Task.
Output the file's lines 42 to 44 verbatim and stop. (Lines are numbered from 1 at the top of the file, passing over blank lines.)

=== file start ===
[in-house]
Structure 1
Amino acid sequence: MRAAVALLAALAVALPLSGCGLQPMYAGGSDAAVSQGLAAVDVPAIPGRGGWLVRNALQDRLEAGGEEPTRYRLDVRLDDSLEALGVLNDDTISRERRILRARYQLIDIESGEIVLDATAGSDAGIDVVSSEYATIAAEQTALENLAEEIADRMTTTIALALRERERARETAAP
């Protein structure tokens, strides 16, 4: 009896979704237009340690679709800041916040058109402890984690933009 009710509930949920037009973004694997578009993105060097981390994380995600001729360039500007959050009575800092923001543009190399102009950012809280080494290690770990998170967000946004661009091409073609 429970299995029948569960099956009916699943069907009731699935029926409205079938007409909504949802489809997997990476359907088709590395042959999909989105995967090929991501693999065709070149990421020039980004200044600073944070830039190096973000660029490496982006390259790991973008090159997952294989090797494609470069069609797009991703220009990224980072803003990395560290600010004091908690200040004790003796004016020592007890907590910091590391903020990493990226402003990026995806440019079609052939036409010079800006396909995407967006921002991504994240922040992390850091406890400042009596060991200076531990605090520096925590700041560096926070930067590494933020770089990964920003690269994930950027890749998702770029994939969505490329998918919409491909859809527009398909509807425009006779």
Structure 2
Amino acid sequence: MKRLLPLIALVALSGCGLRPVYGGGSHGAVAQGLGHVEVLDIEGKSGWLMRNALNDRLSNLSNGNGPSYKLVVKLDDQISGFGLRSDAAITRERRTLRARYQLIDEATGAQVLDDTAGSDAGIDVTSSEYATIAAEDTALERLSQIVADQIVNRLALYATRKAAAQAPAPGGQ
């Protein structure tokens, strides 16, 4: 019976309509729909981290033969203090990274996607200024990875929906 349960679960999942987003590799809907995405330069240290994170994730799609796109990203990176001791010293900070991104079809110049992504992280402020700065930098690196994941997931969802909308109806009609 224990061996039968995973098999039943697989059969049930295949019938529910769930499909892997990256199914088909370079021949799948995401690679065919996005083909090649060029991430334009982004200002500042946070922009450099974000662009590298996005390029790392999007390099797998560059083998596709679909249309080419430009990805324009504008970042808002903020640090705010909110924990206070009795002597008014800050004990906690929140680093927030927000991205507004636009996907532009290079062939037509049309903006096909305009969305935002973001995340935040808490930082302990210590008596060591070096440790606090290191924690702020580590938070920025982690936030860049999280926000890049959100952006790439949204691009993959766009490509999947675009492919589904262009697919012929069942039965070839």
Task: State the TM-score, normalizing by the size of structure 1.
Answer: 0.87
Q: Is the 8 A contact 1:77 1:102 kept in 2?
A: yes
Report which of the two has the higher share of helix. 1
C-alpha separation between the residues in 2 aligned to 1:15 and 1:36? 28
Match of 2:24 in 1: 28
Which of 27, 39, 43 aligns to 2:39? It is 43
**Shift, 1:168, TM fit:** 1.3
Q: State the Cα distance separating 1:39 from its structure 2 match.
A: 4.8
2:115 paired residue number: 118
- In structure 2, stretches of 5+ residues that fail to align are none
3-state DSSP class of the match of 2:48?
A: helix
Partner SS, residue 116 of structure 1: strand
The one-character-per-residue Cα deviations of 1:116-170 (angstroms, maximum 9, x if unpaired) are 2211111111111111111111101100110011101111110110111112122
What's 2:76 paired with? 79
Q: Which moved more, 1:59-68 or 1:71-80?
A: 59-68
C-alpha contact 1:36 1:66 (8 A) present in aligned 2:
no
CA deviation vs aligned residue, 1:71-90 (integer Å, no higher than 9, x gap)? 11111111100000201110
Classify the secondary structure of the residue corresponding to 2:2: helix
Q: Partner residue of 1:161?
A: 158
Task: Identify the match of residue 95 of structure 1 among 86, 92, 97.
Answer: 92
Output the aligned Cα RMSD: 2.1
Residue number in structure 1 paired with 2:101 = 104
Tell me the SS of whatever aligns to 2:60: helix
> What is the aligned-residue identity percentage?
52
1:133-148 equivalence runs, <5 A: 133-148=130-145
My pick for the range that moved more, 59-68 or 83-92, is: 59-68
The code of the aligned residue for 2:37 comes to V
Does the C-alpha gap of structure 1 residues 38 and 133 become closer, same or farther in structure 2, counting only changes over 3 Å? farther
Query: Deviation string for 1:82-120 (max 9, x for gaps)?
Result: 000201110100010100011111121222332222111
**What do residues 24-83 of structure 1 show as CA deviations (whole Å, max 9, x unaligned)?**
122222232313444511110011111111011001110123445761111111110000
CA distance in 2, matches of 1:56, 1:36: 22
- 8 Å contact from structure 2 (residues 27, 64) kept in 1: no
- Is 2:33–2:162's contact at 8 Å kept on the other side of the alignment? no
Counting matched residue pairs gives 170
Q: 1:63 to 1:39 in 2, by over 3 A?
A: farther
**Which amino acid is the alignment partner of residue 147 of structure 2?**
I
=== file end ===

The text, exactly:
My pick for the range that moved more, 59-68 or 83-92, is: 59-68
The code of the aligned residue for 2:37 comes to V
Does the C-alpha gap of structure 1 residues 38 and 133 become closer, same or farther in structure 2, counting only changes over 3 Å? farther